20 Oct 2021 | Feature stories | Professional golf |

Clayton: Showcasing the sandbelt

by Mike Clayton

Geoff Ogilvy presser image
Geoff Ogilvy is behind the Sandbelt Classic this year. Photo: Getty

For as long as I can remember, people have dreamed of running a multi-course, professional tournament on the Melbourne sandbelt.

The courses are close together and Melbourne, with New York, London and Philadelphia, is one of the four finest golf course cities in the world.

Importantly the clubs have never hidden their courses behind closed gates. To the contrary they have always embraced competitive golf, something enhancing Melbourne’s reputation as a city filled with fabulous golf courses.

The problem with running big professional events in this country is their reliance on government support, sponsors and television and they all want to know, “who’s playing?”

If you don’t have the best of the locals as well as at least a couple of big-name overseas stars, the investment isn’t there.

When it was apparent the Australian Open was unlikely to happen until the end of next year, Geoff Ogilvy and I had the idea of putting together something interesting and competitive for both men and women to play.

Being one of only two Australians to win the US Open (David Graham being the other) Geoff’s name earns attention and a couple of days of phone calls secured the commitment of Royal Melbourne, Peninsula Kingswood, Yarra Yarra and Kingston Heath to host a Sandbelt Invitational leading up to Christmas, from 20-23 December.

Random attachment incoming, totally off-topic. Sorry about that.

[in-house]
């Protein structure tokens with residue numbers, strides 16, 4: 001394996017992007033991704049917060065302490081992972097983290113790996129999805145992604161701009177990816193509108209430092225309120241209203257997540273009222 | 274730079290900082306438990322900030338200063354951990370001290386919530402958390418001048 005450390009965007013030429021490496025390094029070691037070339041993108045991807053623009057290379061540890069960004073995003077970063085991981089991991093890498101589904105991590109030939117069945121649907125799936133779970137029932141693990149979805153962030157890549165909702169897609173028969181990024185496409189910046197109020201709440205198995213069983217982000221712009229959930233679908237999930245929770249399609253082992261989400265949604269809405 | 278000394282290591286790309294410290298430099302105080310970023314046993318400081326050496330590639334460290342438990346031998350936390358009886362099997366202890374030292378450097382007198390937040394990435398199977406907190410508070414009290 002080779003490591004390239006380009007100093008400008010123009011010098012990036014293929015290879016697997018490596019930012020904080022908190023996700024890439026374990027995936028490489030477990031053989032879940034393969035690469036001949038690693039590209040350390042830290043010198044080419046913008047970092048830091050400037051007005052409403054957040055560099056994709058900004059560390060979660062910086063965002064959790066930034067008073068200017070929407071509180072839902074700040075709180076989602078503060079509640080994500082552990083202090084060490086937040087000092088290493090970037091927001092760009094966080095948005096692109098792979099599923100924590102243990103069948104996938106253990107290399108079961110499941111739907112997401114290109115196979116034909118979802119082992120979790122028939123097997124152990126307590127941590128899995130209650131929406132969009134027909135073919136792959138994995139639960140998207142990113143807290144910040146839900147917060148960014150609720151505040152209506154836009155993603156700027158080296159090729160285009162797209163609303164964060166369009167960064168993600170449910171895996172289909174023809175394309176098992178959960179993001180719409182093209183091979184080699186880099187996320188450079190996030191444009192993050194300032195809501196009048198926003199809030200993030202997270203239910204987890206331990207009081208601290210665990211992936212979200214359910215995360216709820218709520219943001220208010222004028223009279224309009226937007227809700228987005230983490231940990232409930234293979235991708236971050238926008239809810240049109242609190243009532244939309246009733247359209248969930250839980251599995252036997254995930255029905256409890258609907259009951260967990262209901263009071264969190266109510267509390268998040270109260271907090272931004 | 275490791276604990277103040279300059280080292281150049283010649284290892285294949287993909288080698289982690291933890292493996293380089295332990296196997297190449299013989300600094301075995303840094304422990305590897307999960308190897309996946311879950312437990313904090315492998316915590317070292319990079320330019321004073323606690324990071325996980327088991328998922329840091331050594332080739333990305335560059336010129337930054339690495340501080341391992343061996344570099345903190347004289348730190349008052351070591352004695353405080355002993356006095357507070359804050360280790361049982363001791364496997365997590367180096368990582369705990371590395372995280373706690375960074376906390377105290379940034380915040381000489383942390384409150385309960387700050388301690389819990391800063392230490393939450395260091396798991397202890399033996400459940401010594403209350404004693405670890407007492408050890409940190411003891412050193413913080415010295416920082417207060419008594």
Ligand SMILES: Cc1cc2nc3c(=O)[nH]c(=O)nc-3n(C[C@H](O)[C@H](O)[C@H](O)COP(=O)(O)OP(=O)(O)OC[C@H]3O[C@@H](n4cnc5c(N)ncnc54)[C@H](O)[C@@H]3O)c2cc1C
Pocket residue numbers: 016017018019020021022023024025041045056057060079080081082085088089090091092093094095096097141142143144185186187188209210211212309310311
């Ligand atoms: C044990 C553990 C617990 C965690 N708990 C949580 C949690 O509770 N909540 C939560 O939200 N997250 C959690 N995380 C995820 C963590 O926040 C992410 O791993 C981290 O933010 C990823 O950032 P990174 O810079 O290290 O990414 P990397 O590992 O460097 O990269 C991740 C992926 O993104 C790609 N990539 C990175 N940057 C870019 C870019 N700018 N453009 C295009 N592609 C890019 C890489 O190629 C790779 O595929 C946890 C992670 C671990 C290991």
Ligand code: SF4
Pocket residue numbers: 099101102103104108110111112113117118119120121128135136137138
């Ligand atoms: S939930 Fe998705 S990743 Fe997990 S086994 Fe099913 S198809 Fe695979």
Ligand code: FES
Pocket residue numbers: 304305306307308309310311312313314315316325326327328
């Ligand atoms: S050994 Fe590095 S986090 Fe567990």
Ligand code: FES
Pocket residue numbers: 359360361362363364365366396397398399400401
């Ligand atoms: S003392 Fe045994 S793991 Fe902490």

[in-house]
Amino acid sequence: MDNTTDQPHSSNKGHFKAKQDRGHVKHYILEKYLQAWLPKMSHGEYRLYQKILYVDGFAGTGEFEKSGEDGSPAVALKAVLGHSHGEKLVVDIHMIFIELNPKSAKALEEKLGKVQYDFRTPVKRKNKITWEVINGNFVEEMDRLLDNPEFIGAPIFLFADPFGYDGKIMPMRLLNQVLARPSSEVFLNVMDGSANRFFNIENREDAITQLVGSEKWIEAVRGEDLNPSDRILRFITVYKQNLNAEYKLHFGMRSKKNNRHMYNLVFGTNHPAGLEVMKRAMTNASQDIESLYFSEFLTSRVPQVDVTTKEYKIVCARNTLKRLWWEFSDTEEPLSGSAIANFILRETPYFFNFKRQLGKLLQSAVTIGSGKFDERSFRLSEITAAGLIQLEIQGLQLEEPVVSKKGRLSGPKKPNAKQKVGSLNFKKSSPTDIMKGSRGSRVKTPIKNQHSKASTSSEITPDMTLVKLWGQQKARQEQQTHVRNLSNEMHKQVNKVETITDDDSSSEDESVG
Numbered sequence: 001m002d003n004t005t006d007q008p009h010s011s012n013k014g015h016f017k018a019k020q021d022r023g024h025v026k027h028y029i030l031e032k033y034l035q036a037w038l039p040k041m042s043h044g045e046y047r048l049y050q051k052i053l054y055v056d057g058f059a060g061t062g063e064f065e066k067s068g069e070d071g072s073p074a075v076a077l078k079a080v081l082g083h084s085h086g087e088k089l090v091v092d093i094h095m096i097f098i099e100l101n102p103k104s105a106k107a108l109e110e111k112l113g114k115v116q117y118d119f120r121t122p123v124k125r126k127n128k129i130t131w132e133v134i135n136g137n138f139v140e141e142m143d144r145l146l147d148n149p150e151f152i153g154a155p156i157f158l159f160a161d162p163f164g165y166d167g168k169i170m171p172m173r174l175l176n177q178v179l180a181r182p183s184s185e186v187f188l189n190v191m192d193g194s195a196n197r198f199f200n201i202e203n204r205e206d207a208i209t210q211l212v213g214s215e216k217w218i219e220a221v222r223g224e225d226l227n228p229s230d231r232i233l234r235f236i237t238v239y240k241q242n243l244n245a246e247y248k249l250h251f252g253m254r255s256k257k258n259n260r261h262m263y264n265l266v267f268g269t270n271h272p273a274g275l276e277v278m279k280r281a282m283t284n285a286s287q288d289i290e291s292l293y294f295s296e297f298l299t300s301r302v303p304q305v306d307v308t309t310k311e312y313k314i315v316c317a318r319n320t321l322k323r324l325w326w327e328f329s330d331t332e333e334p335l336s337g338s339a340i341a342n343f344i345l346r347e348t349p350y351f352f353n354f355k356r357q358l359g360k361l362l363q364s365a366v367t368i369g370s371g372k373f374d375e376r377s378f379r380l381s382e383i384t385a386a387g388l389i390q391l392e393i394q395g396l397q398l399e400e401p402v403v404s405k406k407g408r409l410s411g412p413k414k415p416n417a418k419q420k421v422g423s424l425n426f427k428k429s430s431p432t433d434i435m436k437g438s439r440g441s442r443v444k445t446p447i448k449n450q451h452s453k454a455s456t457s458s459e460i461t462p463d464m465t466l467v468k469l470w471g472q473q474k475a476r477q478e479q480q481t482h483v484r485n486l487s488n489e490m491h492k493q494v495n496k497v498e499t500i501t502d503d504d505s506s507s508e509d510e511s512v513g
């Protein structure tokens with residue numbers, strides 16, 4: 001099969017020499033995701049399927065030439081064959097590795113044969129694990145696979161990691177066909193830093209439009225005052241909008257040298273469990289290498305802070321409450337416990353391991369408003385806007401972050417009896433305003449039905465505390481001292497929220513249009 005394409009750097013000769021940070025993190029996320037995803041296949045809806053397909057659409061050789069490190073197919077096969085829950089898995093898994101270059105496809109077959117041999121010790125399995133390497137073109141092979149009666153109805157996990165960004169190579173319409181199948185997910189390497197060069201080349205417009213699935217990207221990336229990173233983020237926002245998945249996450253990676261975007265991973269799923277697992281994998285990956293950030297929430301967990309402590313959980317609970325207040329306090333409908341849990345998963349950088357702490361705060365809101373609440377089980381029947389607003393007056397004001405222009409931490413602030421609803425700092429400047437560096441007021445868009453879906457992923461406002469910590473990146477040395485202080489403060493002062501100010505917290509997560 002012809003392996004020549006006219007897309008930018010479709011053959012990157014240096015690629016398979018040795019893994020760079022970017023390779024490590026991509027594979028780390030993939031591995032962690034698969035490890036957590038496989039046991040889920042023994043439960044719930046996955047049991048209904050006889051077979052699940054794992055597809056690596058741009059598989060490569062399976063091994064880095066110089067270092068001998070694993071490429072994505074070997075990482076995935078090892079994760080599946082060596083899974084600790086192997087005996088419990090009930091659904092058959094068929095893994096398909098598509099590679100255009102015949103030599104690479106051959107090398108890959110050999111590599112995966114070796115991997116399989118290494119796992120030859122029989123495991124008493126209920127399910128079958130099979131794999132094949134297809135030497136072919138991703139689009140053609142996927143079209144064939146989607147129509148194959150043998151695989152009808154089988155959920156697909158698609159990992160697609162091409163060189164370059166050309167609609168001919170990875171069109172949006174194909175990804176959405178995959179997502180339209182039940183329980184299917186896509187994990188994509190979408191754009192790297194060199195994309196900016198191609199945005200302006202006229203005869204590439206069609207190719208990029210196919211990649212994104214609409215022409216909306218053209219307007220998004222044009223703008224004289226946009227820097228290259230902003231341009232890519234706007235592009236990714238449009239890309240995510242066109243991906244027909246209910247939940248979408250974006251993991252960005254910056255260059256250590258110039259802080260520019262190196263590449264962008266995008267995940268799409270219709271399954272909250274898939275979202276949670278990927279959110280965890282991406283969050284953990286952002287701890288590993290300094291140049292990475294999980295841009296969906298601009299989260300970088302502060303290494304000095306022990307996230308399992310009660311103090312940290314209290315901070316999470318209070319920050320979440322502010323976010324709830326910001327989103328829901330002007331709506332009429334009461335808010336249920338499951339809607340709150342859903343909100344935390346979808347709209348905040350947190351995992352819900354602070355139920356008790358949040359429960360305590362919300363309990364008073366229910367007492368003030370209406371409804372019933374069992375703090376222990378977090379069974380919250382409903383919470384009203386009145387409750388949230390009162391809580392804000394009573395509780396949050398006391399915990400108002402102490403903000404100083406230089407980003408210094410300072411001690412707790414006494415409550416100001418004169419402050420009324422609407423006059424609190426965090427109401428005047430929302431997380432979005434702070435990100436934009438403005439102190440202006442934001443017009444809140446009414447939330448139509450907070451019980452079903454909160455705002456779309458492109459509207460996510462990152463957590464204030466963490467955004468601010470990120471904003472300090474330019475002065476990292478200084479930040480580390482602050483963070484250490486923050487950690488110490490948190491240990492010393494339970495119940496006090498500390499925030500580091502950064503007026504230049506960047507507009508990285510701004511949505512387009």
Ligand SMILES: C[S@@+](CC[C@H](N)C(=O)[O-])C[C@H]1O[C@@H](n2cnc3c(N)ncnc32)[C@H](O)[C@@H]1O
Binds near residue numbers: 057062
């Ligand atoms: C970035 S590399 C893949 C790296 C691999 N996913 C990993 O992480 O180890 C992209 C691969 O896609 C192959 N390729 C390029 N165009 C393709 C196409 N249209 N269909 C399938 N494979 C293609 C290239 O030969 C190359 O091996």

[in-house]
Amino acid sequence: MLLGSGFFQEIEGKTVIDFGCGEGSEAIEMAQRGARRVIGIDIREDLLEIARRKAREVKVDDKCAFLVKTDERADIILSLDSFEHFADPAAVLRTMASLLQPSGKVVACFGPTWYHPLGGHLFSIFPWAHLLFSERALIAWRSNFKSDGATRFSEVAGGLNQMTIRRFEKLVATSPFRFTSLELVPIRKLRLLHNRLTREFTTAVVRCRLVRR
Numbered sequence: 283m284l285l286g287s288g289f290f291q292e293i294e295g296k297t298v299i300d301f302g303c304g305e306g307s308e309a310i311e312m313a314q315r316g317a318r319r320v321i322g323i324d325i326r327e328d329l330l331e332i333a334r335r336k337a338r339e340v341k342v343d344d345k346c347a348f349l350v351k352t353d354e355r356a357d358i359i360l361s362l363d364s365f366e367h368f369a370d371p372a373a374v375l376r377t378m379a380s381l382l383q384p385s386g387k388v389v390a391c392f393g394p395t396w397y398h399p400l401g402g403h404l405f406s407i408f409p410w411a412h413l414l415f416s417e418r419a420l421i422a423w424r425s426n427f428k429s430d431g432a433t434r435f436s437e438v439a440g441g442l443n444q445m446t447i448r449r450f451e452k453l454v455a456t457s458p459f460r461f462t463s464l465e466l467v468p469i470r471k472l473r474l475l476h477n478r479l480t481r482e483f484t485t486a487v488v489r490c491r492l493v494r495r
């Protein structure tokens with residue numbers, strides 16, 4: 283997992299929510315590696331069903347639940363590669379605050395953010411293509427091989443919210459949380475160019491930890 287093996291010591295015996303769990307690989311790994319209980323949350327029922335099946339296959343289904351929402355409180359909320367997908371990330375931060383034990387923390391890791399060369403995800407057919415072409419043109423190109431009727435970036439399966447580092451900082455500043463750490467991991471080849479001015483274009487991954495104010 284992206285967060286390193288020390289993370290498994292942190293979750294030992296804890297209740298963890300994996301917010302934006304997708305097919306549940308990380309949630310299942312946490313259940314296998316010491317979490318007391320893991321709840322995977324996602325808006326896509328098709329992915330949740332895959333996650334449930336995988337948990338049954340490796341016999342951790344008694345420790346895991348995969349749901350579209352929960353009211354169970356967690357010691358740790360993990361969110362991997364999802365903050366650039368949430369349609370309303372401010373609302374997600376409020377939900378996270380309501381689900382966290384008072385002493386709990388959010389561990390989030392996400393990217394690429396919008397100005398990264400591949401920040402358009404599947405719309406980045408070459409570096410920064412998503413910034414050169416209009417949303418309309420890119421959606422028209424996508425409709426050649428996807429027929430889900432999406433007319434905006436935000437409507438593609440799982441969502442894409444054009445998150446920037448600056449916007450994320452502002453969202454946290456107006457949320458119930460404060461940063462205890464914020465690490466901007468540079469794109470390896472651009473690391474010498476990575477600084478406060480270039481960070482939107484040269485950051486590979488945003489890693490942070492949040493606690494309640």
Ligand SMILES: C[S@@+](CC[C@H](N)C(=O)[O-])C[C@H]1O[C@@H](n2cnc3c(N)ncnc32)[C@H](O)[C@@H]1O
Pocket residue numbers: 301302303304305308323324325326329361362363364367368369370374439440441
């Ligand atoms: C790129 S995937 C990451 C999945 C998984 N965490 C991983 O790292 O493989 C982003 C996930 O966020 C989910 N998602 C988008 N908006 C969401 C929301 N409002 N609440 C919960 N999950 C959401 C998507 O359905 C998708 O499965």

It’s not every day professional golfers play courses the equal of these four Melbourne classics.

This is not an event reliant on the traditional television coverage we’ve grown used to, and there is some prizemoney with hopefully a little more in the offing. At this stage of the year, it’s more important we just play get back to good, competitive golf and give people something interesting to watch.

Geoff started his foundation with the simple aim of older players mentoring and playing with the younger ones and during the year we played at least a dozen single day events which came to be known as ‘The Game’. It put the best men and women together in a competitive environment for a whole lot of players who usually would have been travelling the world honing their games.

It’s the traditional way Australia has developed players going all the way back to Norman Von Nida helping a young Peter Thomson on his way in Britain. Thomson in turn advised generations of players including Graham Marsh, Stewart Ginn and Ian Baker-Finch.

This is not a tournament reliant on who is playing or how much money is in the purse. Rather it’s a tournament played on four amazing courses with players happy to be playing in front of crowds appreciative of good, competitive golf.

The opening round at Royal Melbourne is limited to a gallery of members but the final three rounds welcome spectators, and entry is free.

We’d be happy enough if people are interested enough to come and watch some of the country’s best players including Ogilvy, Su Oh, Nick O’Hern, Elvis Smylie, Matt Griffin, Blake Collyer and Sarah Kemp play some of the finest golf courses in the world.

The promise is it’ll be worth your time.

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